Steve Schaub: Eve and I have a very giving and loving life together, and we’re both creative people, so solving this issue in a creative way (through writing about it) made total sense to me. I think the first thing is to be aware that the person you love is in a struggle and getting angry is the wrong approach. Trying to win an argument about what is of value, or what is or is not clutter is also the wrong approach–-you don’t win in a situation like this. You compromise, you listen, and you try to be aware of how very hard this is for someone you love.

JH: Eve, was there one particular moment of awareness, or event, that caused you to decide to launch into your attack on the challenge of decluttering the room you called your Hell Room? 

Eve: I describe in the book one especially memorable moment in which, in order to do his job, the energy assessment guy had to poke around the atrocious Hell Room–which was my nickname for the large spare room in our house that took up the slack for my extreme-keeping-behavior. Over the years, this room had gone from being a regular room, to a very cluttered storage room, to a giant sponge–while everywhere else in the house was relatively okay, this was the room that absorbed everything. Eventually there weren’t even paths through the stuff anymore, and knowing what was there, finding things, keeping things from being ruined, were activities that were getting harder and harder to do.

So here’s this poor energy-assessment guy, trying to get to the far corner of the room, stepping over piles, literally wading through the horribleness and I was utterly mortified. Up until that moment I had been able to remain in denial about how bad things had gotten. But now I was forced to see the room–and me–through his eyes, and I did not like what I saw one little bit. I wasn’t sure if it was possible to change–or rather, modify–the sort of person I was, but I realized for the first time that I wanted to try.

Year of No Clutter Room Photo Jan2015 Before.jpg

The “Hell Room” Before the Year of No Clutter. Photo by Stephen Schaub.

JH: What was one of your happiest moments in the process? The saddest, or most difficult? The most enlightening?

Eve: The happiest moments were the moments in which I felt I had achieved a clear mark of progress: the times I came home from dropping off a car full of things at the charity and consignment shops with a blissfully empty car, or the times when I was, for the first time, able to sit down and use a space that previously had been filled up with piles of stuff. Just sitting down in a newly cleared-off armchair to read a book became a small but significant triumph.

Of course, by contrast, the most difficult moments were those in which I felt I was spinning my wheels and getting nowhere: when I’d start out with a pile and get stymied halfway through, unable to make decisions or discard much of anything. Life has a way of getting in the way of decluttering with more pressing tasks like eating and sleeping and changing the cat litter and it’s sooooo easy to get sidetracked. When this happened I’d be very hard on myself and start to lose hope that anything would ever really get accomplished. The only remedy for this was to keep going– sooner or later there’d be some small victory again to make me feel back on track.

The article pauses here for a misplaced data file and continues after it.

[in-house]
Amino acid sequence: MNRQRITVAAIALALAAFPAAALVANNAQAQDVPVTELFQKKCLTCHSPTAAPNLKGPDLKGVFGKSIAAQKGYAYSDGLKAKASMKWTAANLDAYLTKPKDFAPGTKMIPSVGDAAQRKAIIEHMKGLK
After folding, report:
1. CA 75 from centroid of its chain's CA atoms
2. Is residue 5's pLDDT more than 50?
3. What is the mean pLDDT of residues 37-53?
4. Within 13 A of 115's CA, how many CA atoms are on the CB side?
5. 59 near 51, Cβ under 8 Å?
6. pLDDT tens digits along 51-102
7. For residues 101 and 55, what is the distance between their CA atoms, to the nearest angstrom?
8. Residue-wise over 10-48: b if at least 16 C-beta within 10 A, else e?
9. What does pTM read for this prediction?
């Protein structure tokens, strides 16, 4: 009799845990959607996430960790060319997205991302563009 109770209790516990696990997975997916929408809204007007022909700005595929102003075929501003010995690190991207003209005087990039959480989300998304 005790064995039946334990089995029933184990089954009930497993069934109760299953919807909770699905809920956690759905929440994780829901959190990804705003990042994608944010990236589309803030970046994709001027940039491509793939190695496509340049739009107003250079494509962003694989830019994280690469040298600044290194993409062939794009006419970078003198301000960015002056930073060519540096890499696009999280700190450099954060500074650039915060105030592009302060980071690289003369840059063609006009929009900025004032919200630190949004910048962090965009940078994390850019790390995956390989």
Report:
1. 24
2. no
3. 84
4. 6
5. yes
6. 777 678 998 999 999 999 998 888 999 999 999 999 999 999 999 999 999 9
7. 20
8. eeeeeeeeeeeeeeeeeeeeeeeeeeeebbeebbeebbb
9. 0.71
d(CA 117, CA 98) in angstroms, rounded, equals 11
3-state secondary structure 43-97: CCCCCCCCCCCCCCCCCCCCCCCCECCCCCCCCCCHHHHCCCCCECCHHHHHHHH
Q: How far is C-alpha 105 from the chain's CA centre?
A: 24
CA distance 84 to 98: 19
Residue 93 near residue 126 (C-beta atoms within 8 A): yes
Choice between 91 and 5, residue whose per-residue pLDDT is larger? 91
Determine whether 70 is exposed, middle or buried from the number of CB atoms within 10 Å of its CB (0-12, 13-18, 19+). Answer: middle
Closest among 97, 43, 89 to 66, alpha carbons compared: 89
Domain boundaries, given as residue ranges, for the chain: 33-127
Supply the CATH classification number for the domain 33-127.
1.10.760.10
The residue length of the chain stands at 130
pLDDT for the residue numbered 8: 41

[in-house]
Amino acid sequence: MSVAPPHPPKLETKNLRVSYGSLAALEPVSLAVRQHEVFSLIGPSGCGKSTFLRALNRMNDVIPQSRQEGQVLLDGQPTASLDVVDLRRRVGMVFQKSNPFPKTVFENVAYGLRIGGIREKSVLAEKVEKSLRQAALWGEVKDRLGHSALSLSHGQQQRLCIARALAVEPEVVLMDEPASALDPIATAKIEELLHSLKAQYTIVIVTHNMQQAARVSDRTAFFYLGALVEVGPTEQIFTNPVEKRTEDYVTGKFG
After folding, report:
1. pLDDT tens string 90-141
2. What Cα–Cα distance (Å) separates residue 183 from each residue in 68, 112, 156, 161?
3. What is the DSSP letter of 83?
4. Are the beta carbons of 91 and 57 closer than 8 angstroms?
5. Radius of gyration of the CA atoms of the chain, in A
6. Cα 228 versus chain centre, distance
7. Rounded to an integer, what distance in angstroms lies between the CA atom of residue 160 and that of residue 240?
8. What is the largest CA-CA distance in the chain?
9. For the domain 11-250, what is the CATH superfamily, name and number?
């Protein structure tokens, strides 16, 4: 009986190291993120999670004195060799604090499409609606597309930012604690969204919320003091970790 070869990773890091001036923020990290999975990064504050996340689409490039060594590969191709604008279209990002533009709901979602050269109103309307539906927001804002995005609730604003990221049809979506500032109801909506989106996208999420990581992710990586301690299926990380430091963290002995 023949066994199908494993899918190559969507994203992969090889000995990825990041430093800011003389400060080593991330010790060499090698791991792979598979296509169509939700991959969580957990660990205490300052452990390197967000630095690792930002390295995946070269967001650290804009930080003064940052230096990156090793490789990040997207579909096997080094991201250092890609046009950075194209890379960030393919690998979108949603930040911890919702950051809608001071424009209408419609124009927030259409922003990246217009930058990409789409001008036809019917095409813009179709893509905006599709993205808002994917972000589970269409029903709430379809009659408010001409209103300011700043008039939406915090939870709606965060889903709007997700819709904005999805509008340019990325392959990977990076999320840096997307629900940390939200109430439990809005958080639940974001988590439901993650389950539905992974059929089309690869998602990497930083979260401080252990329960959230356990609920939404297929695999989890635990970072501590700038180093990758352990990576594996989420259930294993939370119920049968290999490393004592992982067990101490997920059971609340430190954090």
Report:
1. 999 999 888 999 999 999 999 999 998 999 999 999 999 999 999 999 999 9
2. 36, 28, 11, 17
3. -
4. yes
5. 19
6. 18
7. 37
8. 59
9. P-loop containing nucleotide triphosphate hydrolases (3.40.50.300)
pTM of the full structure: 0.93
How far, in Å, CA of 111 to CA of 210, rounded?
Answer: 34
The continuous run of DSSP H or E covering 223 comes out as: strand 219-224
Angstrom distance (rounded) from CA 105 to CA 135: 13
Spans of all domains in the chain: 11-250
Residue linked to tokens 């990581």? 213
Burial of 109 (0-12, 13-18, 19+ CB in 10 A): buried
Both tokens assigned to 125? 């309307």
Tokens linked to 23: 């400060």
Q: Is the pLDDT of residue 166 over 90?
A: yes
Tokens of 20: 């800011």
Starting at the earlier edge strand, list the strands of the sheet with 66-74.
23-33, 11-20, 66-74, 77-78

As for sadness, at some point I made the decision that regret/sadness was just going to be part of the bargain for getting control of my house and living space back. Because I had experienced loss so keenly in the past over things I had gotten rid of, I fully expected the process to be a very sad and upsetting one. Surprisingly, this time it wasn’t. I attribute this largely to two things: first, I had a newfound sense of what was at stake in this process, and that larger purpose helped me overcome that tendency to get bogged down in regret. The second thing was simply practice. I realized that the getting-rid-of-stuff muscle in my brain had lain so long unused that it had atrophied. So using it more and more, making lots and lots of decisions all the time, seemed to inoculate me to a degree against the tendency to obsess over one thing or another.

JH: At one point you write, “I’ve come to realize that the Stuff conundrum is one that people in our culture feel quite keenly, even when it isn’t on an epic scale…helplessness is the key emotion I hear [among people who talk about their issues with Stuff] and on some level I’m coming to see it as an issue of empowerment…” Can you say a bit more about this? What is the nature of this helplessness, and how can people who feel it begin to take control of the situation and become empowered? 

Eve: It really is all about empowerment: who’s in charge around here anyway? Me? Or my Stuff? Taking control for me meant giving myself a certain degree of permission in a very conscious way. I mentioned that I made a decision to accept that a certain measure of sadness and regret were going to figure in to my decluttering. I also knew the Murphy’s Law of Clutter: “If you get rid of an object, exactly forty-seven seconds later you will suddenly discover that you desperately NEED it!”

So I knew that sooner or later I would get rid of something and soon thereafter wish I hadn’t. In fact, I realized that much of my cluttering and keeping was based in a deep-seated fear of making a mistake, doing something that I would perceive in hindsight as being wrong. I was so averse to the idea of making a mistake that I’d end up making no decisions at all.